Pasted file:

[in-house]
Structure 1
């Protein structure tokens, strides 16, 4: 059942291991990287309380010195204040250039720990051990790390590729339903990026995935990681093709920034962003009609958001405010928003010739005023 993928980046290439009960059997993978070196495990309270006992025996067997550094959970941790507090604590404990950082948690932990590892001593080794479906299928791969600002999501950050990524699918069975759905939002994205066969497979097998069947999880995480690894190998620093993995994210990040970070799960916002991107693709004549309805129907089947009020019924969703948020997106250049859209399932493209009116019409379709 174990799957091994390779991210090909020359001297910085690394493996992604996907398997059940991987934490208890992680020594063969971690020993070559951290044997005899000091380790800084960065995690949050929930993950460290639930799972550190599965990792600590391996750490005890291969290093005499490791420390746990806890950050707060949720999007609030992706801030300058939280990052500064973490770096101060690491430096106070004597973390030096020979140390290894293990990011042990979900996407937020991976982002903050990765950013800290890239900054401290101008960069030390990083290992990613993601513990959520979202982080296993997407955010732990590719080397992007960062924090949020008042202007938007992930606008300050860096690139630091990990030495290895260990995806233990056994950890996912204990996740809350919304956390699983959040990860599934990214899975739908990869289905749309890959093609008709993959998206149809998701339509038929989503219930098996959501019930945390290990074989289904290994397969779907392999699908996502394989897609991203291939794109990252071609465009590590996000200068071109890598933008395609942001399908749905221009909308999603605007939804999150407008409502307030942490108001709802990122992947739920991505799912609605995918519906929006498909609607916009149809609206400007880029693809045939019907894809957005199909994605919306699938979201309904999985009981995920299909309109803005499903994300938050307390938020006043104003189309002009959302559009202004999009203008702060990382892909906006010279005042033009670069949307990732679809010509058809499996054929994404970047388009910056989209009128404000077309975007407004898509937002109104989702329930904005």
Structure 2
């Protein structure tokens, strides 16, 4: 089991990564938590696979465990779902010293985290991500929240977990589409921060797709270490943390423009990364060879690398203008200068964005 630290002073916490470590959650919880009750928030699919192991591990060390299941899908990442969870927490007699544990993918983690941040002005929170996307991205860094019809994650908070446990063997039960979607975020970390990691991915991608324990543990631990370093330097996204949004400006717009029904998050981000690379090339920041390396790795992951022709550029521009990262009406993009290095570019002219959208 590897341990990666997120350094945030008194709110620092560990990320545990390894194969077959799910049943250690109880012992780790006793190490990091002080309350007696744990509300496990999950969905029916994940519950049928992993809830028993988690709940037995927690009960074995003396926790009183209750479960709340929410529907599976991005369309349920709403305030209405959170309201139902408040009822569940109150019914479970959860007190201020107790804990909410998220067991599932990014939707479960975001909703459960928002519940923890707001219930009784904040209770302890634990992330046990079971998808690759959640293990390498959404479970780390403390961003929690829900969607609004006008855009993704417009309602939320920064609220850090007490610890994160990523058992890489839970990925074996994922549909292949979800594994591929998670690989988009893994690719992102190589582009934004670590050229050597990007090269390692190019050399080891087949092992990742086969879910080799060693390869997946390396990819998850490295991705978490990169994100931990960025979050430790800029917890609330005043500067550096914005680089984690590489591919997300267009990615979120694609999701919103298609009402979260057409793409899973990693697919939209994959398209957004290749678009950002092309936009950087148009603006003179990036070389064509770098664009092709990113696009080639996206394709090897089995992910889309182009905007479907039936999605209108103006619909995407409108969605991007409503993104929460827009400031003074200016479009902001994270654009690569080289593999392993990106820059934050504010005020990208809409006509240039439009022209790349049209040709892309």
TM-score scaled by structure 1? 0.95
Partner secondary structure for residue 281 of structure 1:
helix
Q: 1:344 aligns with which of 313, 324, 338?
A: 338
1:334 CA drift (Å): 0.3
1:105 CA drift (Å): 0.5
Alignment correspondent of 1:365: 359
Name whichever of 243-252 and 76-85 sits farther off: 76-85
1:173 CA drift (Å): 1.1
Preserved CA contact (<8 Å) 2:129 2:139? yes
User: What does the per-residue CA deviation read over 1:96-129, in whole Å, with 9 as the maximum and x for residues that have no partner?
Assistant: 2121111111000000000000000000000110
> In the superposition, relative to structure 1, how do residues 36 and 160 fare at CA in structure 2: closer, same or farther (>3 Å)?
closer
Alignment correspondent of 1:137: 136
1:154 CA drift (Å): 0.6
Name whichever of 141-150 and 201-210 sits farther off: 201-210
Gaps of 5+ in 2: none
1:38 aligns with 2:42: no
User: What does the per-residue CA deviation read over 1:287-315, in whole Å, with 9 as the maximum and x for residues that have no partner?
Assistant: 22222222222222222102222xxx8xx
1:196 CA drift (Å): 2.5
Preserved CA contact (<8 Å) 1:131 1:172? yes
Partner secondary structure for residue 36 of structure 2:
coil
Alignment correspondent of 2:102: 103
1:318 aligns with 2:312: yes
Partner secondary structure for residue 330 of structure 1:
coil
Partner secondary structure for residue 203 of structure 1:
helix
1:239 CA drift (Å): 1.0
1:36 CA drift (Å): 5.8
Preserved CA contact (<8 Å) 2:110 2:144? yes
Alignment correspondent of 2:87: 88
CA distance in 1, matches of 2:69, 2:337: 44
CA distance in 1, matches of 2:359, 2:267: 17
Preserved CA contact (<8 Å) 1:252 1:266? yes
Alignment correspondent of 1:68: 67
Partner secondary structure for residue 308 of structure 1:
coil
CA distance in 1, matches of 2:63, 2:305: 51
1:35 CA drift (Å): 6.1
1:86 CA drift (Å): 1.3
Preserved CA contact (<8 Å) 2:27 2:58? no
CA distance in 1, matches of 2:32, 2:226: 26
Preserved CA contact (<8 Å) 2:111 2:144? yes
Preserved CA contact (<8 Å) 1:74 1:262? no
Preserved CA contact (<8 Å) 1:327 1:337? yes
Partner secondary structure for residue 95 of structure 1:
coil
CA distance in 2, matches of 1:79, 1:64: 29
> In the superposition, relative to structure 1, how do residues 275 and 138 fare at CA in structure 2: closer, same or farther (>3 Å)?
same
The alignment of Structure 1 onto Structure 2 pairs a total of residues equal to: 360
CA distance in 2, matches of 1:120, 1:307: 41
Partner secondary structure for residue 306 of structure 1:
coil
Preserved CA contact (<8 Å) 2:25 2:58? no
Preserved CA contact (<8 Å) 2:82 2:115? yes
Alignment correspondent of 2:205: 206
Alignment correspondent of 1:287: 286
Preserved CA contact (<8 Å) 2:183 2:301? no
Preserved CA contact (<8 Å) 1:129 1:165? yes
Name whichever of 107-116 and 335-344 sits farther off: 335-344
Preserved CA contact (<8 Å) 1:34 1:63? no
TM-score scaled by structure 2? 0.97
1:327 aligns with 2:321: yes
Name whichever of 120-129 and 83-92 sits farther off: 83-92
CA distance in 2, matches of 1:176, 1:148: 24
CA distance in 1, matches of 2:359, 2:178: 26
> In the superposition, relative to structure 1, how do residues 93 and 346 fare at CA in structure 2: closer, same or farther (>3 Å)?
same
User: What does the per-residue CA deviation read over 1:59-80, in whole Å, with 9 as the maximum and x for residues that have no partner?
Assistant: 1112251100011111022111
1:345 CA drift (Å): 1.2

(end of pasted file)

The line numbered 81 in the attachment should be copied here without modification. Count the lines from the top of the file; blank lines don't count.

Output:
Assistant: 1112251100011111022111